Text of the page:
Retired South African cleric and anti-apartheid activist Archbishop Desmond Tutu has turned 85. Battling with ill-health, he remains a tireless fighter against discrimination and a much loved public figure.
Few have influenced South African society so profoundly as Desmond Tutu. The phrase "Rainbow Nation," which symbolizes the diversity of the post-apartheid South Africa, was coined by him. It exposed him to criticism from those who pointed out that neither black nor white were colors of the rainbow.
South African writer Antjie Krog said that Tutu has given the people of South Africa, in which there are 11 official languages, a common tongue. "We live in a country in which almost 90 percent of the population are forced to use a language that is not their own. That's why the idea of a Rainbow Nation is so important, it creates a vocabulary of liberty, respect and humanity. Tutu has built a vocabulary with which we can communicate with one another," she said.
Desmond Tutu enjoying a convivial moment with Nelson Mandela (left)
Krog believes that Tutu has the same stature as the late South African president and anti-apartheid icon Nelson Mandela. Mandela was responsible for political ideals, Tutu for the values of a common humanity. During the hearings of the Truth and Reconciliation Commission shortly after the end of apartheid, some 2,000 people delivered testimony. Tutu was present in person while some 1,500 took to the stand and was always able to a say a few words to them once they had finished speaking.
Archbishop Desmond Tutu has the power to move an audience, irrespective as to whether they were devout or bereft of any religious inclinations. He was one of the key figures in the fight against apartheid while Nelson Mandela was in prison. He encouraged reconciliation and respect for others. In 1984, he received the Nobel Peace Prize. On Tutu's Twitter profile, he posted a picture of himself and his daughter Mpho Tutu, receiving an honorary fellowship from Regents University London for their contributions to human rights.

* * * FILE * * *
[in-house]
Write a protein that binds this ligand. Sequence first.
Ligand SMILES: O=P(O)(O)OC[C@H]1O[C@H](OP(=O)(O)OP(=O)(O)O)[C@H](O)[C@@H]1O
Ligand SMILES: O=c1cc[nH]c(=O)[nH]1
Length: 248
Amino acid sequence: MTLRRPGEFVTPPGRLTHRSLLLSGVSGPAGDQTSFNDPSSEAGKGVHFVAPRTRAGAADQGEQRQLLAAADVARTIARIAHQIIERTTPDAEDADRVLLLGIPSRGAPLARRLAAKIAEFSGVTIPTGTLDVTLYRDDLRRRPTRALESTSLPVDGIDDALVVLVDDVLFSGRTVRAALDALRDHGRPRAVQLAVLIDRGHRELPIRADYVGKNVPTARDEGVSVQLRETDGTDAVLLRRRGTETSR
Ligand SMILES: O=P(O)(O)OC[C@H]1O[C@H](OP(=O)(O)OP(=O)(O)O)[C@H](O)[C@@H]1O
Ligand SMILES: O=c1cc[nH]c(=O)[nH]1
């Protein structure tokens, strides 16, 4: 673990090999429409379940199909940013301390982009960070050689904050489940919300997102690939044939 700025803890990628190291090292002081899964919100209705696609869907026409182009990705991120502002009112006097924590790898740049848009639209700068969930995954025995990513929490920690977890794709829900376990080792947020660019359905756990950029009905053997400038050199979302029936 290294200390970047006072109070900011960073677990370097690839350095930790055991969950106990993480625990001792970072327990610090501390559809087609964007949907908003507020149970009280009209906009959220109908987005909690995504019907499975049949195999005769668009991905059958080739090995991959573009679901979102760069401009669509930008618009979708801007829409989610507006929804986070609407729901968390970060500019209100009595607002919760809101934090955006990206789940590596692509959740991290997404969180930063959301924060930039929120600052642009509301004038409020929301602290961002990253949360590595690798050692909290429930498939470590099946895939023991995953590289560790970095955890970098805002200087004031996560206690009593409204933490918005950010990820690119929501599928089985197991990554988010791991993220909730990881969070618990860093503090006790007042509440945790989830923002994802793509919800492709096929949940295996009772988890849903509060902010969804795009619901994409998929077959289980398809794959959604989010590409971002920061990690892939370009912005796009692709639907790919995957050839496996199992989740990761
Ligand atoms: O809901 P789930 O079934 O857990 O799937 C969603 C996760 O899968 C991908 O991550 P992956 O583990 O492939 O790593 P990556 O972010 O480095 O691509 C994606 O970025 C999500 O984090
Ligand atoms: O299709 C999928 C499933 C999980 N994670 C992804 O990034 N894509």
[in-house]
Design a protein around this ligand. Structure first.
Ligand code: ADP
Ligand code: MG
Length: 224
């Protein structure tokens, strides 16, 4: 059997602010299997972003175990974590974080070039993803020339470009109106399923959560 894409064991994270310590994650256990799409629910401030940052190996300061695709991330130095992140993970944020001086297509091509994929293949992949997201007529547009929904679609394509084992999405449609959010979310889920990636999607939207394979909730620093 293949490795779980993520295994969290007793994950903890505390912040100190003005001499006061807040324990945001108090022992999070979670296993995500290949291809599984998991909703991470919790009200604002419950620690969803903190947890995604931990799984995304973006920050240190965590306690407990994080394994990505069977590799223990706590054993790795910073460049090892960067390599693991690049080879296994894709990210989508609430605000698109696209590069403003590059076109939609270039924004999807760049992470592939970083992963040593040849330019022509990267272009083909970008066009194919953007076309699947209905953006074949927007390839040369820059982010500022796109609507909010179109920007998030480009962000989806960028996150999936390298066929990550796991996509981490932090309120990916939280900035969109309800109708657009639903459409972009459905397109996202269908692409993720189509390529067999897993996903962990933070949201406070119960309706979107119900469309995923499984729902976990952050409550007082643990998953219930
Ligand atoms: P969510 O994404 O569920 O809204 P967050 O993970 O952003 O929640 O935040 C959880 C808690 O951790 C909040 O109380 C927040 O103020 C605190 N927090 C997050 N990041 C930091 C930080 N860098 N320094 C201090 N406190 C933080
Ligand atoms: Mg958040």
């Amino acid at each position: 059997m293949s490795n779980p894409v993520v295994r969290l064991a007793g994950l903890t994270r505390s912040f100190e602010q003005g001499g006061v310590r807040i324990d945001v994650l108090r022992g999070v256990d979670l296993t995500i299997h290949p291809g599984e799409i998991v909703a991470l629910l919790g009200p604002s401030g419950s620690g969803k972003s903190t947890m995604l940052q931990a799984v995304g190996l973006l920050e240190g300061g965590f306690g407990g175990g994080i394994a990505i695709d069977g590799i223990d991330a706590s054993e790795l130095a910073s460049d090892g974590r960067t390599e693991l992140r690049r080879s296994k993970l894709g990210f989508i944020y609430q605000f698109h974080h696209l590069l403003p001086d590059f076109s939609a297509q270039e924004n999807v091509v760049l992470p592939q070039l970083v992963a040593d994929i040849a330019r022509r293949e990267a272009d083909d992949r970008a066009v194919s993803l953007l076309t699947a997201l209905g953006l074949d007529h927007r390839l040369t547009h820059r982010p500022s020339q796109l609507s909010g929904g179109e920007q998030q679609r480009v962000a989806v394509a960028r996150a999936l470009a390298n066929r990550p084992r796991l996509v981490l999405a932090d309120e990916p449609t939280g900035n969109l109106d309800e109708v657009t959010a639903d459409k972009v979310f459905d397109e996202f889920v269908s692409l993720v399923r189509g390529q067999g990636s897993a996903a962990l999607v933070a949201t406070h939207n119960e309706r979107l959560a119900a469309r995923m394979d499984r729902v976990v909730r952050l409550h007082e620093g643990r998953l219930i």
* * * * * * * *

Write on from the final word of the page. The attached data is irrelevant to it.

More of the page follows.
Even in his eighties, the former archbishop of Cape Town does not shy away from controversy. When his daughter married a woman in June 2016, Tutu expressed his support for the couple, distancing himself from church doctrine. Mpho Tutu, herself a priest in South African's Anglican church, was forced to give up her duties after she entered wedlock, because her employers did not recognize gay marriage. She said her father was "sad but not surprised by the news."
Desmond Tutu retired from public life in 2010 but remains an unquestioned moral authority in today's South Africa.